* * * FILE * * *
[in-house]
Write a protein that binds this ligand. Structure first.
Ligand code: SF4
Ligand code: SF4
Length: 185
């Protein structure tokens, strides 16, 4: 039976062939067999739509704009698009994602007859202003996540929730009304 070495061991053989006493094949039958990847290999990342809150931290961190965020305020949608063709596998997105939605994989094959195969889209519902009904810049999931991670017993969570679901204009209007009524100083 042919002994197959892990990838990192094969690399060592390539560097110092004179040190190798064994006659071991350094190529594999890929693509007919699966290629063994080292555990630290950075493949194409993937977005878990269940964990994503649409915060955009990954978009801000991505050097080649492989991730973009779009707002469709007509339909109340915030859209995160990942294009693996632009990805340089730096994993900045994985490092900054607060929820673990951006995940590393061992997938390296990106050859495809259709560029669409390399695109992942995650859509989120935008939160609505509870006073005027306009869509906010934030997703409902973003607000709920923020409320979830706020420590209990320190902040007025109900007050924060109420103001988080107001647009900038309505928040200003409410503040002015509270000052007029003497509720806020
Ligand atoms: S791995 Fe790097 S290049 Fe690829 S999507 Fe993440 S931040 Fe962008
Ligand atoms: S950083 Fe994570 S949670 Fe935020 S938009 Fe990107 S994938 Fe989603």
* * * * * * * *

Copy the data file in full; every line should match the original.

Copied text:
[in-house]
Write a protein that binds this ligand. Structure first.
Ligand code: SF4
Ligand code: SF4
Length: 185
């Protein structure tokens, strides 16, 4: 039976062939067999739509704009698009994602007859202003996540929730009304 070495061991053989006493094949039958990847290999990342809150931290961190965020305020949608063709596998997105939605994989094959195969889209519902009904810049999931991670017993969570679901204009209007009524100083 042919002994197959892990990838990192094969690399060592390539560097110092004179040190190798064994006659071991350094190529594999890929693509007919699966290629063994080292555990630290950075493949194409993937977005878990269940964990994503649409915060955009990954978009801000991505050097080649492989991730973009779009707002469709007509339909109340915030859209995160990942294009693996632009990805340089730096994993900045994985490092900054607060929820673990951006995940590393061992997938390296990106050859495809259709560029669409390399695109992942995650859509989120935008939160609505509870006073005027306009869509906010934030997703409902973003607000709920923020409320979830706020420590209990320190902040007025109900007050924060109420103001988080107001647009900038309505928040200003409410503040002015509270000052007029003497509720806020
Ligand atoms: S791995 Fe790097 S290049 Fe690829 S999507 Fe993440 S931040 Fe962008
Ligand atoms: S950083 Fe994570 S949670 Fe935020 S938009 Fe990107 S994938 Fe989603």